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Tom Flanagan is professor emeritus of political science at the University of Calgary and chair of the Aboriginal Futures program for the Frontier Centre for Public Policy.
Resource-revenue sharing has emerged as the next Big Idea for First Nations. Like most Big Ideas, it seems simple, but in reality is full of legal difficulties and unintended economic consequences.
Perry Bellegarde, National Chief of the Assembly of First Nations (AFN), said immediately upon being elected to that position, “If our lands and resources are to be developed, it will be done only with our fair share of the royalties, with our ownership of the resources and jobs for our people.” By “our” he meant all the natural resources of Canada, everywhere, not just on reserves or First Nation settlement lands.
This view contradicts the treaties signed in Ontario and the Prairie provinces, which provided for the surrender of all titles to land and natural resources. But according to the AFN, the treaties do not mean what they say. The AFN says aboriginal leaders actually surrendered land only “to the depth of a plow,” for the purposes of agriculture, so today’s First Nations still own all subsurface rights to minerals and oil and gas.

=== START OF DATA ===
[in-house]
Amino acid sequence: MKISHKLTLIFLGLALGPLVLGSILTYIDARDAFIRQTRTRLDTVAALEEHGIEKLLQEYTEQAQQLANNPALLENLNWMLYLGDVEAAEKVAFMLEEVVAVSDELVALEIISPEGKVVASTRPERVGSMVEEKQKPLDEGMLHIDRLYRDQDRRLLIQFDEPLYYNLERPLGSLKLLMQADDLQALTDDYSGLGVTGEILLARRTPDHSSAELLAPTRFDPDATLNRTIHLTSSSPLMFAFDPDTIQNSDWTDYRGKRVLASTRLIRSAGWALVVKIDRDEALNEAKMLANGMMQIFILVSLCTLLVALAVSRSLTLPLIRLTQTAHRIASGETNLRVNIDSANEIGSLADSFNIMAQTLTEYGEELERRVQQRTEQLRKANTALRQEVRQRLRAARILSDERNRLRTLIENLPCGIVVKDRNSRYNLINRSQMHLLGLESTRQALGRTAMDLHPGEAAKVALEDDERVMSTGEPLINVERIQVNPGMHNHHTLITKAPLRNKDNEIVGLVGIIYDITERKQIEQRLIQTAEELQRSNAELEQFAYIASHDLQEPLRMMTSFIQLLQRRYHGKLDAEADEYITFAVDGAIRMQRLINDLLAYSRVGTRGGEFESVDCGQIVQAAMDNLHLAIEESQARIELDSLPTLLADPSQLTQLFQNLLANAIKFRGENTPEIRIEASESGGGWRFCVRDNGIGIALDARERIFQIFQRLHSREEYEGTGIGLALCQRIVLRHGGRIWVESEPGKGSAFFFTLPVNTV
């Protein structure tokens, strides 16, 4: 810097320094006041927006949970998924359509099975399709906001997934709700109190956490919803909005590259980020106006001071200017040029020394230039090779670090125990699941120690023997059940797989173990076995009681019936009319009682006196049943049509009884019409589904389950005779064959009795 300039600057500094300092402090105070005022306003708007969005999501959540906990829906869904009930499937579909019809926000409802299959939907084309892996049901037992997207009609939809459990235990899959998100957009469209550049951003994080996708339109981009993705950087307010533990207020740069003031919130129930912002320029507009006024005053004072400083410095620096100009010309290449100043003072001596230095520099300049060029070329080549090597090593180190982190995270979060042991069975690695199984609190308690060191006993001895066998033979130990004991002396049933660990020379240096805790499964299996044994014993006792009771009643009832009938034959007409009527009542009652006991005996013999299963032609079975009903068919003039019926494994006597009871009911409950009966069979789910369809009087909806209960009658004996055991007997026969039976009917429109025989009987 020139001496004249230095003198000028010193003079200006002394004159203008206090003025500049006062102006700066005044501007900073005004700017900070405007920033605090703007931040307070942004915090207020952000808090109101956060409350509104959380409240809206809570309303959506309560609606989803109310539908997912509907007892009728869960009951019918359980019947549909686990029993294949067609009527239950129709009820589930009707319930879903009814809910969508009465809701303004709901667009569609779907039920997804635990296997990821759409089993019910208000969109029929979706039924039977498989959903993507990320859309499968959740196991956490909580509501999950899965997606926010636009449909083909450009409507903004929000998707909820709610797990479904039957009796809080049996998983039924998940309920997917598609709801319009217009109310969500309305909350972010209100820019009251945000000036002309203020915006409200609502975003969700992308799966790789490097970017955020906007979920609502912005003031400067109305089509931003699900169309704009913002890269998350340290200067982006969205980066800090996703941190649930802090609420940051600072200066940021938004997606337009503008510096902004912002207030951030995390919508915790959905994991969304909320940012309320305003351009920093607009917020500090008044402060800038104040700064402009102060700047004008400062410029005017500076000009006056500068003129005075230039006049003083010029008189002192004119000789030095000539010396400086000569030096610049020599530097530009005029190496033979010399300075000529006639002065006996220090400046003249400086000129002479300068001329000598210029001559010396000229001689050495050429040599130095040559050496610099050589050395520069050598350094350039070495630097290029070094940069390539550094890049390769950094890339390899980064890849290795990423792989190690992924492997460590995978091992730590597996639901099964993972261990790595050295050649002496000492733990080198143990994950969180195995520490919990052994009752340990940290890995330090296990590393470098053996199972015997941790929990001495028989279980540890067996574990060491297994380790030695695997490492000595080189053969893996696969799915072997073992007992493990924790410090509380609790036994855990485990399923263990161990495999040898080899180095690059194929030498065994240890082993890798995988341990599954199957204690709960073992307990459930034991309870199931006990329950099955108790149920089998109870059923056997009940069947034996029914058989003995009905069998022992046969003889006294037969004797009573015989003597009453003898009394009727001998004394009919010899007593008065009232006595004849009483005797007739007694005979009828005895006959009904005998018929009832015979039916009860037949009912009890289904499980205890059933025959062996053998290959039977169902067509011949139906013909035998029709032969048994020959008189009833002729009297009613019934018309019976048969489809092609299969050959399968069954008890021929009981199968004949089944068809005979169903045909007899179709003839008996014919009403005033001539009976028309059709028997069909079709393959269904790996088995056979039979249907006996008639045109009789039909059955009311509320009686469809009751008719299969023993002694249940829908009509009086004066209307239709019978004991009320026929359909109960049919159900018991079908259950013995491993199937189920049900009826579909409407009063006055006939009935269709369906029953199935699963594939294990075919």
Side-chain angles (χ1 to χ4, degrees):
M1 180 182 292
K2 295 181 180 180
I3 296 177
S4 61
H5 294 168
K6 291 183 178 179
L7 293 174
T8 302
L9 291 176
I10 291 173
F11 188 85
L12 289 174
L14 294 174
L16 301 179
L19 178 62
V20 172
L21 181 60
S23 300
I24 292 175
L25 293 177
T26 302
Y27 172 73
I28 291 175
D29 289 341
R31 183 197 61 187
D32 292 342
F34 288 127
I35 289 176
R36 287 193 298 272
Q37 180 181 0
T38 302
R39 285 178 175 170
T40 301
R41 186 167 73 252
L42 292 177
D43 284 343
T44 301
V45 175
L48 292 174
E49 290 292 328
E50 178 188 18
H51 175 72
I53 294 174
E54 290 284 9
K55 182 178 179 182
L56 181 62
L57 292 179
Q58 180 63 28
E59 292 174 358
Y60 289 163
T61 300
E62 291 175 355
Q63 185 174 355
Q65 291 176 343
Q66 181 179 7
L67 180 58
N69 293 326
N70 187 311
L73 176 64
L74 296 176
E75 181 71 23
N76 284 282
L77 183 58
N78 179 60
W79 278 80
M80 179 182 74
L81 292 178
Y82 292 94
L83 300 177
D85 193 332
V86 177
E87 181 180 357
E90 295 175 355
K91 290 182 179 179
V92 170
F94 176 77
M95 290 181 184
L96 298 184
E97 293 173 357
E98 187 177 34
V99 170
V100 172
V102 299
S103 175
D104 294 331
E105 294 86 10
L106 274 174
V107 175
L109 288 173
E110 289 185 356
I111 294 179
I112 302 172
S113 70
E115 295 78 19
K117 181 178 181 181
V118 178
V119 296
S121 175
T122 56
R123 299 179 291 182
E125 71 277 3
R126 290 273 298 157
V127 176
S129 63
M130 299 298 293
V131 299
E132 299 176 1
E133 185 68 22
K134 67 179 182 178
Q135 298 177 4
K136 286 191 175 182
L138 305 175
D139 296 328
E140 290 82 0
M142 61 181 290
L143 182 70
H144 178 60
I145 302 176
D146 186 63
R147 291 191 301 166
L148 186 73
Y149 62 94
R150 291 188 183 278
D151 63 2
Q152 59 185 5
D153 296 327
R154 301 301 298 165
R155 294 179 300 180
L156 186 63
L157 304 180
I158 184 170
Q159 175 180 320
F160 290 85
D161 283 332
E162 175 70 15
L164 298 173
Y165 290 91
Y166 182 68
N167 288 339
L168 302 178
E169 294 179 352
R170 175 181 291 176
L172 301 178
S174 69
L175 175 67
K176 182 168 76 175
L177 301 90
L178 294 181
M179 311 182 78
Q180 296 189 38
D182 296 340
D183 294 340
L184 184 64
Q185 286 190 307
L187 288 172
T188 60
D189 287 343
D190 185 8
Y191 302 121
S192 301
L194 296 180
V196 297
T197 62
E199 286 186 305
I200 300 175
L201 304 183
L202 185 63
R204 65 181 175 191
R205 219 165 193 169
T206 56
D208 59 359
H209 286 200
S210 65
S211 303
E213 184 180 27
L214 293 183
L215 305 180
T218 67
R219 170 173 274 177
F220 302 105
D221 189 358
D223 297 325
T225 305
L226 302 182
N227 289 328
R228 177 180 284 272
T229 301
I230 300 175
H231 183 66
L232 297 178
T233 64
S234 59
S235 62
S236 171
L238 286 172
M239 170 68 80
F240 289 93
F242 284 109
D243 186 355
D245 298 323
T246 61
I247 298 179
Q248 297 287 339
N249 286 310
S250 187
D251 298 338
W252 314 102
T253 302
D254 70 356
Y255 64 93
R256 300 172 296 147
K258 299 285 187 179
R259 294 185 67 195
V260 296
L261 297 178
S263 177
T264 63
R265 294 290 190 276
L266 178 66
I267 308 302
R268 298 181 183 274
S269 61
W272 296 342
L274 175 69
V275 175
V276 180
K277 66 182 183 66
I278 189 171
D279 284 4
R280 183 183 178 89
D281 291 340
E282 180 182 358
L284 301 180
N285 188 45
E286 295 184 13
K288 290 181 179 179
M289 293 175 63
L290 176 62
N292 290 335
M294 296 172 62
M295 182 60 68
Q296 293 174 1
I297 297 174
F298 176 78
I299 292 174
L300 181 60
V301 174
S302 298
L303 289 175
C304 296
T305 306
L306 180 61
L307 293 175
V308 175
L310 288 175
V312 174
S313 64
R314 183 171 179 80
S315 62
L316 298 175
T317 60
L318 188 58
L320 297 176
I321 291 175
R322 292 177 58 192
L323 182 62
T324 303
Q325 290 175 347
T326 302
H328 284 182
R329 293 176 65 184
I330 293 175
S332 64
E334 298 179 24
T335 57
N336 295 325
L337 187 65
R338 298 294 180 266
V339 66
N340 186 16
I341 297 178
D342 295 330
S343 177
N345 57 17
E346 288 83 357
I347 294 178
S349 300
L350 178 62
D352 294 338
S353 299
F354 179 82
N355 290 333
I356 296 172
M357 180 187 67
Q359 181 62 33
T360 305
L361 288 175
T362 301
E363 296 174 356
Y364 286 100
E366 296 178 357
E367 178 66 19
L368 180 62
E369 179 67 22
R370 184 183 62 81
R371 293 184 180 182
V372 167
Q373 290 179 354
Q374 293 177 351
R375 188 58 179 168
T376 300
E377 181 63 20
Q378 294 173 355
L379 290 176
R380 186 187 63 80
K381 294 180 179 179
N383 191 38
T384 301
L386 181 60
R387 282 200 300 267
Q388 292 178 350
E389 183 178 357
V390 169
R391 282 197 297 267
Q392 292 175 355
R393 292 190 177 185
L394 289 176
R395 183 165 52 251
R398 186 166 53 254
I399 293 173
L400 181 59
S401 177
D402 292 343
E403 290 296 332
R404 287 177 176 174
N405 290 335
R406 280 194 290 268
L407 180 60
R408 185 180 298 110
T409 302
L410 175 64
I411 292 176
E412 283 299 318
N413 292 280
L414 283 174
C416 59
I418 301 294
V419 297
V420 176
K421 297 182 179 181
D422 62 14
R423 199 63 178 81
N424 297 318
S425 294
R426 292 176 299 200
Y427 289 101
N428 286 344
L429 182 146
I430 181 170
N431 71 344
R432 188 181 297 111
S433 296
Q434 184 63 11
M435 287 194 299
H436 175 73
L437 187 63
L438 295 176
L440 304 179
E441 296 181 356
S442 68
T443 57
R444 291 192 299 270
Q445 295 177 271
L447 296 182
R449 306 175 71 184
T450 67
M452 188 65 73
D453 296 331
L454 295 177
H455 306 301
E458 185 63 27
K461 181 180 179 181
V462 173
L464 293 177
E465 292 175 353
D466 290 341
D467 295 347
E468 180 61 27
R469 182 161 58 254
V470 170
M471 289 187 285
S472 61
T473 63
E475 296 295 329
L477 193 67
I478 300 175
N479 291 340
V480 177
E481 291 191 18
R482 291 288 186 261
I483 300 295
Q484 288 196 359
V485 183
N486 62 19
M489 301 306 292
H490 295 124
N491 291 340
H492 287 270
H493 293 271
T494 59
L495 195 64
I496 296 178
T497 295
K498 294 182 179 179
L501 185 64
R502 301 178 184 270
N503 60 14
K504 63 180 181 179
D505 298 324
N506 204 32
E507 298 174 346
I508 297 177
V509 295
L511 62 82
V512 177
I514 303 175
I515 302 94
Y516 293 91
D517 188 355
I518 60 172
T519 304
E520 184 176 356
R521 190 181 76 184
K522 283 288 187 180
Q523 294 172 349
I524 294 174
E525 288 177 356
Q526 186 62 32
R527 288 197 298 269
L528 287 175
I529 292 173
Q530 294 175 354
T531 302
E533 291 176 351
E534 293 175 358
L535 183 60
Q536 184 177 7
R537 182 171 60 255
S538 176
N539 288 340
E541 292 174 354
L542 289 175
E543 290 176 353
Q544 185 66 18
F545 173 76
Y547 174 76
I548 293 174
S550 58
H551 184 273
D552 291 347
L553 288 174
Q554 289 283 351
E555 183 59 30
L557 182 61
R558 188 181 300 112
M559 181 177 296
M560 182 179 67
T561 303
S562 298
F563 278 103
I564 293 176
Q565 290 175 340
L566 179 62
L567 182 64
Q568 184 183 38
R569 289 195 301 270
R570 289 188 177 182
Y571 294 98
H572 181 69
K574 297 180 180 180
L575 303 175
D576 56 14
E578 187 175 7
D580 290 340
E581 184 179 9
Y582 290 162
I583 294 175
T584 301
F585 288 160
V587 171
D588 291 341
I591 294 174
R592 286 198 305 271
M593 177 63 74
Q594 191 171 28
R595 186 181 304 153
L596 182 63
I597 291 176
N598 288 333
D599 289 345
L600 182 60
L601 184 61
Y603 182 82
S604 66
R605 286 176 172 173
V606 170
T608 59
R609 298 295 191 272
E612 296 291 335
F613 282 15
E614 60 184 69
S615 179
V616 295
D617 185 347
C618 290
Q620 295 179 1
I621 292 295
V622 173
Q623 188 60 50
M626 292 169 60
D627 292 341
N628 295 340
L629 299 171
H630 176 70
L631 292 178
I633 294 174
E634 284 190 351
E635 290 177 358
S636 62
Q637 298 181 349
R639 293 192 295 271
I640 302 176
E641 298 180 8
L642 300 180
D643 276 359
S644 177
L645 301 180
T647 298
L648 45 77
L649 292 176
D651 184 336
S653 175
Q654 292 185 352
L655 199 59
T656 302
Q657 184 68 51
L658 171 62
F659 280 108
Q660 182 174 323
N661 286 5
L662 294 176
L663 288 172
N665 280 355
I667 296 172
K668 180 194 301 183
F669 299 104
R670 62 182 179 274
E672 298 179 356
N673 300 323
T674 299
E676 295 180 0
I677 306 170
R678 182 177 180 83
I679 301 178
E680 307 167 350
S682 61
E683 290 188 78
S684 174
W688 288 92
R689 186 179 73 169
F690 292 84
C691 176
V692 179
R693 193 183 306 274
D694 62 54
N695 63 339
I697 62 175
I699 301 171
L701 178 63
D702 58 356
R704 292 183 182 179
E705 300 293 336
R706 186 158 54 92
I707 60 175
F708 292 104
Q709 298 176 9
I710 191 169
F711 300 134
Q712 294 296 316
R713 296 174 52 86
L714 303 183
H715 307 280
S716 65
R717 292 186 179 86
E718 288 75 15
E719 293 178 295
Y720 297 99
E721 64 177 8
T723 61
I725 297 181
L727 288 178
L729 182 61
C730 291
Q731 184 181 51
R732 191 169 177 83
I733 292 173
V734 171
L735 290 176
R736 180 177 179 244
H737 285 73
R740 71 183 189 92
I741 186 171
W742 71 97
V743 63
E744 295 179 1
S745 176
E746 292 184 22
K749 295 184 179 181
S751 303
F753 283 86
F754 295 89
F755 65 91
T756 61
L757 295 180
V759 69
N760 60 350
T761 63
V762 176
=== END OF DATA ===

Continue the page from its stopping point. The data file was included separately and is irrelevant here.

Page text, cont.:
The plow’s depth theory has never prevailed in court because it lacks historical foundation. It does not appear in the abundant documentary evidence surrounding the treaties. It first emerged in oral histories collected in the 1970s, a century after the treaties were negotiated. Courts have used oral history when written evidence is lacking or ambiguous, but not to overturn the plain meaning of written agreements supported by other documentation.
First Nations have a legal right to the revenues from resources on reserves. They also, by Supreme Court decision, have a right to be consulted about resource developments affecting claims to aboriginal title or hunting rights guaranteed by treaty, and those consultations have led to lucrative impact and benefit agreements.
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